“So government cannot control it, and government cannot say who goes on it.”
Distrust and dissent
Not surprisingly, there does exist within the community various levels of distrust of government and the process itself.
Well-known activist and, along with his 11 brothers and sisters, member of the Stolen Generations Uncle Talgium “Chocco” Edwards is a long-time advocate for Aboriginal sovereign rights.
“Treaty has to include truth-telling. That has to be on the agenda,” he said. “Truth-telling and reparation for what has happened to us all.”
He points to the planned destruction by government of Djab Wurrung sacred trees as being indicative of government attitude towards Aboriginal rights and culture.
“If they’re not listening to us on this issue, how can we trust them going forward.”
Another point of dissent that has arisen during recent months is the number of people who have enrolled to vote.
According to the Commissioner, there are approximately 30,000 Aboriginal Victorians eligible to enrol to vote in the current elections. Despite that, as at voting period commencement the number of enrollees was just over 2,000.
The Commissioner, though, points to a similar situation that arose during the candidate nomination period which saw a massive influx of nominations at the eleventh hour.
Even with an expected end-of-period enrollments, the Commissioner believes that the heavy emphasis on numbers is uncalled for.
“The expectation placed on us by government that we have to get 30,000 people enrolled in the first elections – I’d like to see them achieve that without compulsory voting,” she said.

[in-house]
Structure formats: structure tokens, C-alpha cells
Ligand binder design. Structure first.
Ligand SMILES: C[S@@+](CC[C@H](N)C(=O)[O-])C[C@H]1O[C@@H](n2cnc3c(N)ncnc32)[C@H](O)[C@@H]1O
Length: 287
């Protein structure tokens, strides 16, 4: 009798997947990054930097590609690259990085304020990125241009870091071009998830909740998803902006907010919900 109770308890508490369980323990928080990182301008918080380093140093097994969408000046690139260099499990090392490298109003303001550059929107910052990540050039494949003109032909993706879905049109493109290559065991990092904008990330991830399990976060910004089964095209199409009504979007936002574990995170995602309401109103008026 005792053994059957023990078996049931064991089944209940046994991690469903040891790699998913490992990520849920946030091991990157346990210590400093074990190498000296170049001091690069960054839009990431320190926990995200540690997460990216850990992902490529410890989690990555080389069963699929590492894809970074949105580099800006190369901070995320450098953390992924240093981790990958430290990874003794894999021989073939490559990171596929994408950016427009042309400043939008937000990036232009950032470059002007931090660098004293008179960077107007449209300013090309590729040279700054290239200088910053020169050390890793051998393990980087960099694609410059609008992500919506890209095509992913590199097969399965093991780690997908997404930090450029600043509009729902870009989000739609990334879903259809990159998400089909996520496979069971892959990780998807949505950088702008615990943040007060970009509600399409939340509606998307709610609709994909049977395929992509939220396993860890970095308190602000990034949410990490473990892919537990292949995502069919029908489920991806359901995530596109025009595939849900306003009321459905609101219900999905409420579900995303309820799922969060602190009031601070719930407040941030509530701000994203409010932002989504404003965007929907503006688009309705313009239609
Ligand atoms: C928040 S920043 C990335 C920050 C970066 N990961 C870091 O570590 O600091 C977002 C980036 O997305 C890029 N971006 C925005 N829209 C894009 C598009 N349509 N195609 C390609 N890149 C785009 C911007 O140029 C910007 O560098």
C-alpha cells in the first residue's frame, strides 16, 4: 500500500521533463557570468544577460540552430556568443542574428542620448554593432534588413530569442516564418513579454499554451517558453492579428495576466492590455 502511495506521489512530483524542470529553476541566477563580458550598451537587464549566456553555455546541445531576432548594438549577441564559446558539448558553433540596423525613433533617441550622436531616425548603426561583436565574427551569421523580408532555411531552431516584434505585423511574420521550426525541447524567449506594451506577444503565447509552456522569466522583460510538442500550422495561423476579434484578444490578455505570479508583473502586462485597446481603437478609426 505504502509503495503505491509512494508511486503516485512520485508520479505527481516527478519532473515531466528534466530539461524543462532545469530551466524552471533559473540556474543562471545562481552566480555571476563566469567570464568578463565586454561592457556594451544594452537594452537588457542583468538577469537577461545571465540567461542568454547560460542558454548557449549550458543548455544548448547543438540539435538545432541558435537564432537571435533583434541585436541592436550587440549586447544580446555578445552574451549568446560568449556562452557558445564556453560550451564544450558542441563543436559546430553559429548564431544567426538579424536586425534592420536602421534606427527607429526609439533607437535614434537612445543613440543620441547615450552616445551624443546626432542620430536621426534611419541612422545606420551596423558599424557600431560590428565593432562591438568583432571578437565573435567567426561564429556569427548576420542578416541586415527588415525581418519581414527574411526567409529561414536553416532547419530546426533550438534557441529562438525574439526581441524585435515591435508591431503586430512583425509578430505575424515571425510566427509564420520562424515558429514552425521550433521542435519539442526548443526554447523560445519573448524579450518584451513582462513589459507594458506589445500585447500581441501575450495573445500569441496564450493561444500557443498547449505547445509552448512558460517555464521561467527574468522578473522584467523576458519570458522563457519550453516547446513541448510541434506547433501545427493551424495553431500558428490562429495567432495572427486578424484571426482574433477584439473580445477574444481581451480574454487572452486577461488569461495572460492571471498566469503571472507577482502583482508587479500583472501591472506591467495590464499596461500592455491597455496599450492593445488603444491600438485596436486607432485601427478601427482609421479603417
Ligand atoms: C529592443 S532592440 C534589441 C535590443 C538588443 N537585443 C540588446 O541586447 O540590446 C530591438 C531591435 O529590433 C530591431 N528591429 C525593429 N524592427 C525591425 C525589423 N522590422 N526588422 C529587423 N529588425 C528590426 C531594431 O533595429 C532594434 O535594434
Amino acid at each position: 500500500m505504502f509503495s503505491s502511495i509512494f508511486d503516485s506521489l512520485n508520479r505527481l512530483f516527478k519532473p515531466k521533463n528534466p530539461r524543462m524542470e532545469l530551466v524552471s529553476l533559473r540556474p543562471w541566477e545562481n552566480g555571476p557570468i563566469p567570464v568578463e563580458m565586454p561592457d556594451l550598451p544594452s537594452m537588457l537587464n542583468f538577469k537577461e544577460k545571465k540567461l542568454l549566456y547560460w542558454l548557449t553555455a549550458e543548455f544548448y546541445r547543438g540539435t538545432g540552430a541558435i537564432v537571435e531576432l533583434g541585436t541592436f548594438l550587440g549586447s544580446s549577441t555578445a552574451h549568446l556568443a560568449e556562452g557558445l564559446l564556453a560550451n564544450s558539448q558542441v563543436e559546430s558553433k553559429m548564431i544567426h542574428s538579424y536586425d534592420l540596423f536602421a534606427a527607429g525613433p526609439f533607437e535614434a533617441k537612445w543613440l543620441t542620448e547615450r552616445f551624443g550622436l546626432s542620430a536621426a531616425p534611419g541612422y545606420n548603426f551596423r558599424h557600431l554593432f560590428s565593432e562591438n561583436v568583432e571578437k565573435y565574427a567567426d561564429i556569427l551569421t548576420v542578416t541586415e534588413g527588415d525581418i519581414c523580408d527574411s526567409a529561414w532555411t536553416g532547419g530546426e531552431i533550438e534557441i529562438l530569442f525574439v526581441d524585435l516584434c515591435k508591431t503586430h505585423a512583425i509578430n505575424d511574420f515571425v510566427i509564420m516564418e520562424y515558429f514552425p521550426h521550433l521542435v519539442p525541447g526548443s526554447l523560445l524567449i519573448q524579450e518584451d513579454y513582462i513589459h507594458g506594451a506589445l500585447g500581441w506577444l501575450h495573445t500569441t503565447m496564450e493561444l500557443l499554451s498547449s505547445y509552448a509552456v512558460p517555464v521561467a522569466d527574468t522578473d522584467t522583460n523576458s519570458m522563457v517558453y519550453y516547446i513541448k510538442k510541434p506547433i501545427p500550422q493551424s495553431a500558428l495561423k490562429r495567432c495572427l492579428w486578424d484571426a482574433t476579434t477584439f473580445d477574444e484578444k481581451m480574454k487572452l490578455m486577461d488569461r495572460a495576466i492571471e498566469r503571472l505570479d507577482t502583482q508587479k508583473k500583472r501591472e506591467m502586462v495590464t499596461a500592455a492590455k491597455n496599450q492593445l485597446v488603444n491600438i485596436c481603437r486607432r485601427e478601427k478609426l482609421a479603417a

“When you look at the situations many of communities find themselves in – we know we’re over represented in the mental health system. We know we’re over represented in the homeless. We know about the entrenched poverty.
“So the expectation that I’m expected to get 30,000 enrollees is [absolute rubbish].”
Confusion over voting process
Despite the efforts of the Commission and Traditional Owner groups to conduct extensive community consultations (extended even to every prison across the State), there has been some confusion as to who is eligible to enrol to vote.
According to the Victorian Treaty Advancement Commission, eligibility extends to all Aboriginal and Torres Strait Islander people who are aged 16 years or older, and either are a Traditional Owner of Country in Victoria or live in Victoria (and have done so for at least three of the last five years).
Joining the Commissioner at the opening of the polls media conference were three generations of the Coombs family. Wotjobaluk man Uncle Kevin Coombs, who was the first Aboriginal paralympian in 1960, was accompanied by his granddaughter Kyeema Coombs and daughter Janine Coombs.
A member of the Victorian Treaty Working Group, Janine is Deputy Chair of Barengi Gadjin Land Council, which represents Traditional Owners from the Wotjobaluk, Jaadwa, Jadawdjali, Wergaia and Jupagulk peoples.
She was one of the first to be appointed to the Treaty Working Group and has been involved in the process since it started in early 2016.
Janine is quick to acknowledge dissent within the community about imperfections within the treaty process so far.
“The process isn’t perfect,” she said. “But show me a process that is!
“What’s most important is that all Aboriginal Victorians be informed about what’s going on and what treaty or treaties can mean for them, all Victorians and the entire country.
“I believe, though, that this is a once in a lifetime opportunity, and if we are to bring about change, then we have to grab this opportunity and take a seat at the table.”